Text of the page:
The 2011 Good Gift Games Guide

The Top Ten Eleven

My 2011 Good Gifts Game Guide (G4), in which I provide capsule reviews for my favorite easy-to-learn-and-teach games of the year, appeared in The Morning News last Friday. The listed games follow.

Survive: Escape from Atlantis! Boardgame Geek Amazon Funagain
King of Tokyo Boardgame Geek Amazon Funagain
Summoner Wars Boardgame Geek Amazon Funagain
Jab: Realtime Boxing Boardgame Geek Amazon Funagain
Airlines Europe Boardgame Geek Amazon Funagain
7 Wonders Boardgame Geek Amazon Funagain
Ascending Empires Boardgame Geek Amazon Funagain
Skull & Roses Boardgame Geek Amazon Funagain
Train of Thought Boardgame Geek Amazon Funagain
Thundestone: Dragonspire Boardgame Geek Amazon Funagain
Confusion: Espionage and Deception in the Cold War Boardgame Geek Amazon Funagain

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Honorable Mentions
Whittling the list down to 10 (actually 11 games, as Summoner Wars and Jab share an entry) was unusually difficult this year, as I started with 19 worthy of inclusion and amassed half a dozen more as I asked others for recommendation.

Here are some that didn’t make the cut but are worth looking into if they pique your interest.

Elder Sign (1-8 players, 90 minutes, dice): Arkham Horror–the dice game! If you are unfamiliar with Arkham Horror or uninterested in H. P Lovecraft, this is not the game for you. If you are a fan of the mythos, though, Elder Sign allows you to battle eldritch horrors in as short as an hour. I will be reviewing both Arkham Horror and Elder Sign soon as part of the H. P. Lovefest. Why it was left off the main list: Uses the same central mechanism as the more accessable King of Tokyo. [Boardgame Geek | Amazon | Funagain ]

Letters from Whitechapel (2-6 players, 90 minutes, family strategy): One person assumes the role of Jack the Ripper, carrying out his dark business on the streets and in the alleys of London; the remaining players are detectives, trying to track the killer down and bring him to justice. Why it was left off the main list: It is currently out of print and the company that made it has gone belly-up, so there’s no guarentee that it will be available anytime soon. If you want a copy, call your local game store and see if they have any in stock. Otherwise check out the classic game Scotland Yard (which uses the same One Person Plays the Bad Guy, The Others Play the Detectives mechanism), or the two-player Mr. Jack (which has both the Ripper theme and the deduction element). [Boardgame Geek | Amazon | Funagain ]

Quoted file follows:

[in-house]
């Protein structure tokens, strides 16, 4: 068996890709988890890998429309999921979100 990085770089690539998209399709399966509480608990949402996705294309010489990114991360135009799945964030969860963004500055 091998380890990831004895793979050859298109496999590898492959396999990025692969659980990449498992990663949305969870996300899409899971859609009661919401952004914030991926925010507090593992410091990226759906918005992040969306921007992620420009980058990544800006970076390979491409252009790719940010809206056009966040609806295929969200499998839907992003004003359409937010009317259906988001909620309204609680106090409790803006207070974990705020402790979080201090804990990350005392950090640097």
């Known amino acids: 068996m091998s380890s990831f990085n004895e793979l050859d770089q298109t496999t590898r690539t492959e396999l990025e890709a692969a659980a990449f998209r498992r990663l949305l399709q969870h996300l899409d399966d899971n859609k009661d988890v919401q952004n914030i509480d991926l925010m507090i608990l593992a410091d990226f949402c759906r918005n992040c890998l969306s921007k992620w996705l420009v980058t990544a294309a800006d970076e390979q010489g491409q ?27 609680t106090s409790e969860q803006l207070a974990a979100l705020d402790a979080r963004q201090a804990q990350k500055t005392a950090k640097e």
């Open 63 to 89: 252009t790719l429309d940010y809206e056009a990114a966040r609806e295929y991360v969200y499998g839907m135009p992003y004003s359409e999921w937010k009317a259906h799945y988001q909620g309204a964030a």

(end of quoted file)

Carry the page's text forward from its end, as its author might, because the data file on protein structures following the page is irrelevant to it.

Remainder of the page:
Mondo (1-4 players, 20 minutes, puzzle): More multi-player jigsaw puzzle than board game, Mondo has players racing against the clock (and each other) to assemble a map of the world, striving to score points for completed environments and collected animals. Similar in feel to Carcassonne, with the timer injecting an element of urgency. Why it was left off the main list: It’s a fun game, but the dearth of player interaction ill-suits for the G4. [Boardgame Geek | Amazon | Funagain ]

Fortune and Glory: The Cliffhanger Game (1-8 players, 90 minutes, adventure board game): Rated highly on Boardgame Geek and perhaps the board game with the most buzz at the 2011 Penny Arcade Expo, Fortune and Glory is a loving recreation of pulp-era yards, complete with lost treasure, abominable monsters, and boatloads of Nazis. Flying Frog‘s streak of producing well-received thematic games remains unbroken. Why it was left off the main list: List price of $100. Yikes. [Boardgame Geek | Amazon | Funagain ]

Quarriors! (2-4 players, 20 minutes, dice): As “deck building games” reach the saturation point (see my review of Thunderstone: Dragonspire on the main 2011 G4), designers need a unique take on the genre to stand out. WizKids has done so by eliminating the deck entirely, and replacing the cards with dice. The result is a game that plays fast and gives you the great satisfaction of rolling a huge handful of bones on each turn. Why it was left off the main list: Same reason as Elder Sign, essentially: too many dice games on the main list already. [Boardgame Geek | Amazon | Funagain ]

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Other Opinions

Don’t trust the yeti? Here are the highlights of some other “2011 best game of the year” lists.
German Game of the Year:

Deutscher Spiele Preis (the “other” German Game of the Year award):

International Gamers Awards:

GAMES Magazine Awards:

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Where to Buy

I dunno about your hometown, but board game stores have recently been cropping up in Seattle like toadstools after a rain. Plug “games” into Google Maps and see what you get.

As for online, Amazon now carries just about everything I recommend. Funagain Games is one of the oldest board game retailers and remains one of the best. Others that I’d recommend include:

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Need additional info, or want a more specific recommendation? Don’t hesitate to drop me a line.

4 thoughts on “The 2011 Good Gift Games Guide

  1. Speaking of out of print, so is King of Tokyo, it looks like. At least funagain and amazon don’t have it and have no record if they ever will…

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